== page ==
From 11:00PM PDT on Friday, July 1 until 5:00AM PDT on Saturday, July 2, the Shmoop engineering elves will be making tweaks and improvements to the site. That means Shmoop will be unavailable for use during that time. Thanks for your patience!
We have changed our privacy policy. In addition, we use cookies on our website for various purposes. By continuing on our website, you consent to our use of cookies. You can learn about our practices by reading our privacy policy.
© 2016 Shmoop University, Inc. All rights reserved.
How do I love thee? Let me count the ways. (Sonnet 43)

How do I love thee? Let me count the ways. (Sonnet 43)

  

by Elizabeth Barrett Browning

How do I love thee? Let me count the ways. (Sonnet 43) Theme of Admiration

Love is closely linked with admiration in "How do I love thee?" This is partly because the speaker admires her beloved as well as loving him, but it's also because her love for him seems to have replaced several other kinds of more childish admiration that she had for other people around her.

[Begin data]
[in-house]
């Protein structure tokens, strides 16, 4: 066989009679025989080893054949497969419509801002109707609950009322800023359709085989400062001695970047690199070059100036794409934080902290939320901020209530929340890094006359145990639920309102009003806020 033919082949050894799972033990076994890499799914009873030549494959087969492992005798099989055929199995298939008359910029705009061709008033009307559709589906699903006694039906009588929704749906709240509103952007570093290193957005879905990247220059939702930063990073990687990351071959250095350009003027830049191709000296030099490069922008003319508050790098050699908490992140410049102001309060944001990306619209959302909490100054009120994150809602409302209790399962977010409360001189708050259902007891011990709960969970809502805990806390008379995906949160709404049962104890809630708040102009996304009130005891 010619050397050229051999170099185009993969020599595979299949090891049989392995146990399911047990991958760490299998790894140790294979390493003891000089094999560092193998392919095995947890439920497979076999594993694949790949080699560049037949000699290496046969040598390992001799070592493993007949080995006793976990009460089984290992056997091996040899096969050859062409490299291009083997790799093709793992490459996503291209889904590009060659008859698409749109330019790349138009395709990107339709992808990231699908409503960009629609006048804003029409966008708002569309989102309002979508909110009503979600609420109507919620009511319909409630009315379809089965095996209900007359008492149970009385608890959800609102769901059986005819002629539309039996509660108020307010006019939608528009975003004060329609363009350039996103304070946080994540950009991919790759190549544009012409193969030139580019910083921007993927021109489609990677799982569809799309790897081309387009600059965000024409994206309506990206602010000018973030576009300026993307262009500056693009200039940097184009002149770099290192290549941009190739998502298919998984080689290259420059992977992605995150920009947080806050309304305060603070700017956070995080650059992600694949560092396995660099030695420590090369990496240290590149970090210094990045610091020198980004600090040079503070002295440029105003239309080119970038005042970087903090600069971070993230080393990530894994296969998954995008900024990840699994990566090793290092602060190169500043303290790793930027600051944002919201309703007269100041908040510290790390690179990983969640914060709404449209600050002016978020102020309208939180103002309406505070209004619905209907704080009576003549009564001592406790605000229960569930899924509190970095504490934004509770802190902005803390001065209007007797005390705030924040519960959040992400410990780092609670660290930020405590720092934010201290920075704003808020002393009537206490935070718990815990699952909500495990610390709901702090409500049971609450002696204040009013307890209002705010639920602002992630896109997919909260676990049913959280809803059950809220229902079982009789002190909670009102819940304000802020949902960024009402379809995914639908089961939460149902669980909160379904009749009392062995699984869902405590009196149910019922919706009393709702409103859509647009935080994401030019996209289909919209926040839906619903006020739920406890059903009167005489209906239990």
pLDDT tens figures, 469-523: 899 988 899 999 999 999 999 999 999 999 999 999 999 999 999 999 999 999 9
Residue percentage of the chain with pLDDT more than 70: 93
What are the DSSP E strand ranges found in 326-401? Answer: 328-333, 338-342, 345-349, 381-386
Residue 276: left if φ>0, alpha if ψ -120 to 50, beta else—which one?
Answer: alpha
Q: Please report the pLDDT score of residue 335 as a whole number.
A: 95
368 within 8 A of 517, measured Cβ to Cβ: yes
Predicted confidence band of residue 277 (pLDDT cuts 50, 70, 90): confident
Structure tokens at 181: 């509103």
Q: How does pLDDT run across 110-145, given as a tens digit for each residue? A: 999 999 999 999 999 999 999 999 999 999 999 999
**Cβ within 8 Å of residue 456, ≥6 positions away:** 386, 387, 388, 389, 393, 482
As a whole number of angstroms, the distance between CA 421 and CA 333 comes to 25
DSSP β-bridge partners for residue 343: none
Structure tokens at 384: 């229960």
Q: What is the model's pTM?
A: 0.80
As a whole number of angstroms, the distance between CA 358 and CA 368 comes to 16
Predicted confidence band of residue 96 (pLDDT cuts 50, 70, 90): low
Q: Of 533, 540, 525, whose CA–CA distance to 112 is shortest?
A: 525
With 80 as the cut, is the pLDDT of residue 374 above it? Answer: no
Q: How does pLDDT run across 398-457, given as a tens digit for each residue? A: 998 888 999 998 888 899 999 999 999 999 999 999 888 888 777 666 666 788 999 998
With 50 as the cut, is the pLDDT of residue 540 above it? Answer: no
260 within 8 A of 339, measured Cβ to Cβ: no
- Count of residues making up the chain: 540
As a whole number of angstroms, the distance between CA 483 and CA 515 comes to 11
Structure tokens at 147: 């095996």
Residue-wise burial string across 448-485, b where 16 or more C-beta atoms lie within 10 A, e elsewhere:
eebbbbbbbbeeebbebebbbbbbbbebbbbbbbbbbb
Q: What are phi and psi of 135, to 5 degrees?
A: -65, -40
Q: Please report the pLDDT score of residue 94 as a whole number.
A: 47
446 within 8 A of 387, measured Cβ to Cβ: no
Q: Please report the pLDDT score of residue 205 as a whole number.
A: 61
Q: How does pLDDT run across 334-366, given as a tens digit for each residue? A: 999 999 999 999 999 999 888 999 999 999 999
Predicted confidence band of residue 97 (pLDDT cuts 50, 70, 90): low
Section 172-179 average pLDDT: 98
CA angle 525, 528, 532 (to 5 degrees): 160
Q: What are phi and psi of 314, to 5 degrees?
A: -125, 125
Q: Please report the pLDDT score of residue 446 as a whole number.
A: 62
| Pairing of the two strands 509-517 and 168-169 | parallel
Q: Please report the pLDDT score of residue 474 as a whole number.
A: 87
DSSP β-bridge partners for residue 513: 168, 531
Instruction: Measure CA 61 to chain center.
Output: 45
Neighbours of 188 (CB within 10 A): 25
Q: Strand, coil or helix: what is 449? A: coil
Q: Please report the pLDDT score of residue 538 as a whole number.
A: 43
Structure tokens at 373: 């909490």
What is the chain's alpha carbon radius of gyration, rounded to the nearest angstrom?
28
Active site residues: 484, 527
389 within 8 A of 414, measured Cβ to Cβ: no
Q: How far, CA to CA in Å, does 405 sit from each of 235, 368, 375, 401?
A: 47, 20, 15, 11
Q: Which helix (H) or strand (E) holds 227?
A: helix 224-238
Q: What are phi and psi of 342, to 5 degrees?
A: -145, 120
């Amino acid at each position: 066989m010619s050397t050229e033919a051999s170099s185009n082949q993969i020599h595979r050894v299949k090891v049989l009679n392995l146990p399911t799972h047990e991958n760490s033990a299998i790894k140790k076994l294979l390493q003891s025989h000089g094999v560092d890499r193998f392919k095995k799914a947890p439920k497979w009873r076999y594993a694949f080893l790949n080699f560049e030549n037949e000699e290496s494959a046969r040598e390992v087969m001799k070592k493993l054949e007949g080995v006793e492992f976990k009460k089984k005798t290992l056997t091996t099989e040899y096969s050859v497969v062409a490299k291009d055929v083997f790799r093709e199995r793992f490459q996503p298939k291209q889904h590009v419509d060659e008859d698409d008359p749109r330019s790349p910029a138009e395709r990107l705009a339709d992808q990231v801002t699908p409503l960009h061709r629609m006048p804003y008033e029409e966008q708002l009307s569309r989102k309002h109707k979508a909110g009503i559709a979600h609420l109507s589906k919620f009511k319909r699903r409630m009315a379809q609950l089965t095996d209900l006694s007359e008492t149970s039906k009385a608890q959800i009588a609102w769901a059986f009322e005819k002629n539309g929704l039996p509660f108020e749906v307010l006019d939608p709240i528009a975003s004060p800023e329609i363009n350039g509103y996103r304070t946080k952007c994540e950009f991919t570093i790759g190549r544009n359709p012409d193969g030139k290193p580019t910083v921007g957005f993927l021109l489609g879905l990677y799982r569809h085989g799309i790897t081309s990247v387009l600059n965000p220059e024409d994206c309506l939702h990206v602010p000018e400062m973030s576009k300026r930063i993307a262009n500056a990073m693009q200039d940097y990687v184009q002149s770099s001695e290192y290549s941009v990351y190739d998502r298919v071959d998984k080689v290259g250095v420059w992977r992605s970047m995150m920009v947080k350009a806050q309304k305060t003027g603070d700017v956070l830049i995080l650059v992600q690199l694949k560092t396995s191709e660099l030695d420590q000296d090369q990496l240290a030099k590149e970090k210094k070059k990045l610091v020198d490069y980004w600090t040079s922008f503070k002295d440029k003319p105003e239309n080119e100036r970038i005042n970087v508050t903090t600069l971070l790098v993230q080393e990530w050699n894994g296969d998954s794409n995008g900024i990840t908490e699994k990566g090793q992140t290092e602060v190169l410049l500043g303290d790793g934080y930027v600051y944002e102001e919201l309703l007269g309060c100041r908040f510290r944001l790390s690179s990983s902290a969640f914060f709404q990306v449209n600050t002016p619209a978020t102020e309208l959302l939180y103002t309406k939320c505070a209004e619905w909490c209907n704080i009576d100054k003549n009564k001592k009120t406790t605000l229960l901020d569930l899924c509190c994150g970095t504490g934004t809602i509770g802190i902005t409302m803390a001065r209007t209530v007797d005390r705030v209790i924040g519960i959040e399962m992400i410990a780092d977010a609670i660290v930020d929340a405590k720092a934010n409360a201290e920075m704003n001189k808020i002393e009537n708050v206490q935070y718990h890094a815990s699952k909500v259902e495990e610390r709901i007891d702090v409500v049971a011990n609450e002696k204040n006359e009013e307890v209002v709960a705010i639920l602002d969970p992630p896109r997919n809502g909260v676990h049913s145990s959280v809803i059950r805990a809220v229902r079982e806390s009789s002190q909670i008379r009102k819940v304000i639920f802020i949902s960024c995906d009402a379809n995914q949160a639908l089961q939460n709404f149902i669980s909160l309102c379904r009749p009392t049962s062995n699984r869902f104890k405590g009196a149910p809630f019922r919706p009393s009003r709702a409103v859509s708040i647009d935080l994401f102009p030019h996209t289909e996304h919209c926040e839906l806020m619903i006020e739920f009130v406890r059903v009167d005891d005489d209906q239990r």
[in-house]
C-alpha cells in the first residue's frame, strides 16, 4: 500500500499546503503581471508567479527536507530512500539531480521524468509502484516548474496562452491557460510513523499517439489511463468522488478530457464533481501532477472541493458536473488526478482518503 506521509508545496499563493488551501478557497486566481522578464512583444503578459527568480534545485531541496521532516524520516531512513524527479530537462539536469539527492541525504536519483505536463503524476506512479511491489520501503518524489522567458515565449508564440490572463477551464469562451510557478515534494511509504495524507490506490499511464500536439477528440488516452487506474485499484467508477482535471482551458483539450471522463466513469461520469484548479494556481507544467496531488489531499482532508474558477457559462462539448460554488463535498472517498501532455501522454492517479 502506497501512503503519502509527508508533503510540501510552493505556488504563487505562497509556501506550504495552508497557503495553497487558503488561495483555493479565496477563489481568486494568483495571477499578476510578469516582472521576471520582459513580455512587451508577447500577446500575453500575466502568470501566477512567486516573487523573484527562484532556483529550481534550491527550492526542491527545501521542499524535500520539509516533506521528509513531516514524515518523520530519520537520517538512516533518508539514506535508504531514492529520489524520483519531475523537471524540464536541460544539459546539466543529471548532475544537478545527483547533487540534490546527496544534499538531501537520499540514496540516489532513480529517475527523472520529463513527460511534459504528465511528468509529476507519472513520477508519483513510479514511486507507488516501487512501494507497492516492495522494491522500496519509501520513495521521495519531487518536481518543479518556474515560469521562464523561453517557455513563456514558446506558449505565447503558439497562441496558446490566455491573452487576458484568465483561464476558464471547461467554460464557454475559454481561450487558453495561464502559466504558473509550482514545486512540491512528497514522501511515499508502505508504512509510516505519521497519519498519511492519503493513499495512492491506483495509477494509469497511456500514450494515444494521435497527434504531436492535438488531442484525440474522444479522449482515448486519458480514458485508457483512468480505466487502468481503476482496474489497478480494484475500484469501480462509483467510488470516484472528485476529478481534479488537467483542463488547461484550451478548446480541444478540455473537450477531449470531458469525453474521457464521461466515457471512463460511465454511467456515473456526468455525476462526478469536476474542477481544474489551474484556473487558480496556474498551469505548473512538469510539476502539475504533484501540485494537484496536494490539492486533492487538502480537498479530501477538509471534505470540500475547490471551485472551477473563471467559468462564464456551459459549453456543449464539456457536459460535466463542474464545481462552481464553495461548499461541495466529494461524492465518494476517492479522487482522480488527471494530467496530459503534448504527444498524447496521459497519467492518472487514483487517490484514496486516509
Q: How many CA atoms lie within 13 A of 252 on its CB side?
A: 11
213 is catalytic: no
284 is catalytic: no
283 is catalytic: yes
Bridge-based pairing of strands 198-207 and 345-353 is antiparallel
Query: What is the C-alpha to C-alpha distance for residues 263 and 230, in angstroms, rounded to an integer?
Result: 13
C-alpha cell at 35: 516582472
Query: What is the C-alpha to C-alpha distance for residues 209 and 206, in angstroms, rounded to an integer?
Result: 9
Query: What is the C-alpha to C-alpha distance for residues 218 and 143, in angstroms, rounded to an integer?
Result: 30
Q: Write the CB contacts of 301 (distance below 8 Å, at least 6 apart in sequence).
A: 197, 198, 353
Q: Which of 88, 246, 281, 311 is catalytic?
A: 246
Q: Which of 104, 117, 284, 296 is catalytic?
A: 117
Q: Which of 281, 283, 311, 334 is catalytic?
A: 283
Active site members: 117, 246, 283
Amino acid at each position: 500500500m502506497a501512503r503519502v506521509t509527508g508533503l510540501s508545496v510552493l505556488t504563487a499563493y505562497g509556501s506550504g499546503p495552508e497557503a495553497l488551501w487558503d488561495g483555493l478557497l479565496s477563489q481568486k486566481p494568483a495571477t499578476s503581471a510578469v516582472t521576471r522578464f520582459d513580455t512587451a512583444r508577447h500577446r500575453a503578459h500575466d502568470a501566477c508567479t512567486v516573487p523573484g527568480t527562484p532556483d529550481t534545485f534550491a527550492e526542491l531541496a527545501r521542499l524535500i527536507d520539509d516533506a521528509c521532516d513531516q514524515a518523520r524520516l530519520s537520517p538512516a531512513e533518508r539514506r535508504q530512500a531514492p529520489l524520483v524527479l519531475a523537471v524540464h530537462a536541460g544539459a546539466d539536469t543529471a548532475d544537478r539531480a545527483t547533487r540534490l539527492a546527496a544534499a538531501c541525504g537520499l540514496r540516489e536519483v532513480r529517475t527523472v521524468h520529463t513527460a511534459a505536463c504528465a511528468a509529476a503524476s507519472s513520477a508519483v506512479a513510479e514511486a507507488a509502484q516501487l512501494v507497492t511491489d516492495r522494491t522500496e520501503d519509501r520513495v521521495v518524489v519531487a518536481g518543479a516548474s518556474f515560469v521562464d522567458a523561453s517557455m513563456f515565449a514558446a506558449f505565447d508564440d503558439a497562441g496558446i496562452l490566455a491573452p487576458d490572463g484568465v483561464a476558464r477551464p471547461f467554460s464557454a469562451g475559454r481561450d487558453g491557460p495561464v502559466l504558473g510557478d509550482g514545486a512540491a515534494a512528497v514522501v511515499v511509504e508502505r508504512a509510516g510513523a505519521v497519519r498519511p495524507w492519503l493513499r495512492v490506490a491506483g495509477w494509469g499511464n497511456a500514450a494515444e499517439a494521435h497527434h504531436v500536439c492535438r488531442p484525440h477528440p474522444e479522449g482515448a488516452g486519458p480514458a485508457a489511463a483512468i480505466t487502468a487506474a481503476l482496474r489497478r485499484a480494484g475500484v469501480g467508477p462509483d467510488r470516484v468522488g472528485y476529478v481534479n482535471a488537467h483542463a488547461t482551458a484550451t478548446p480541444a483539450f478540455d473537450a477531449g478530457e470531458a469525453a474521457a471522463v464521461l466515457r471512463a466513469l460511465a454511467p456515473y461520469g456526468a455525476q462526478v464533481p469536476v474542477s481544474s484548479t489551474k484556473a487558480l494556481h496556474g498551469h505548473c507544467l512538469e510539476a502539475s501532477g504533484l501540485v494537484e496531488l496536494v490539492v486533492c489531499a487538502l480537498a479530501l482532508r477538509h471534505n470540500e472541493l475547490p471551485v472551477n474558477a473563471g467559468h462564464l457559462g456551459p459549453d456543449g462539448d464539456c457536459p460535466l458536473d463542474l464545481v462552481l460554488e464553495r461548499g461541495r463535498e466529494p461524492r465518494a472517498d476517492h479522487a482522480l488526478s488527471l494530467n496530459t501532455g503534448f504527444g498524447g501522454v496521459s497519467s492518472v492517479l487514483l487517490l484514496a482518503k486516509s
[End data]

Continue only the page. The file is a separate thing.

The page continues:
Questions About Admiration

  1. Does the speaker of "How do I love thee?" look up to or admire her beloved? Is she placing the beloved on a pedestal? Explain.
  2. Who are the speaker's "lost saints" (12)? There are a few good ways to answer this question, so don't feel pressured to come up with the "right" answer.
  3. At one point in this poem, the speaker says that she loves with her "childhood's faith" (10). In what or whom did she have faith? Why? Does she still have that same faith?

Chew on This

Try on an opinion or two, start a debate, or play the devil’s advocate.

Although the speaker of "How do I love thee?" felt admiration for her childhood heroes, her adult love is a transformation of that admiration into affection.

People who Shmooped this also Shmooped...

Advertisement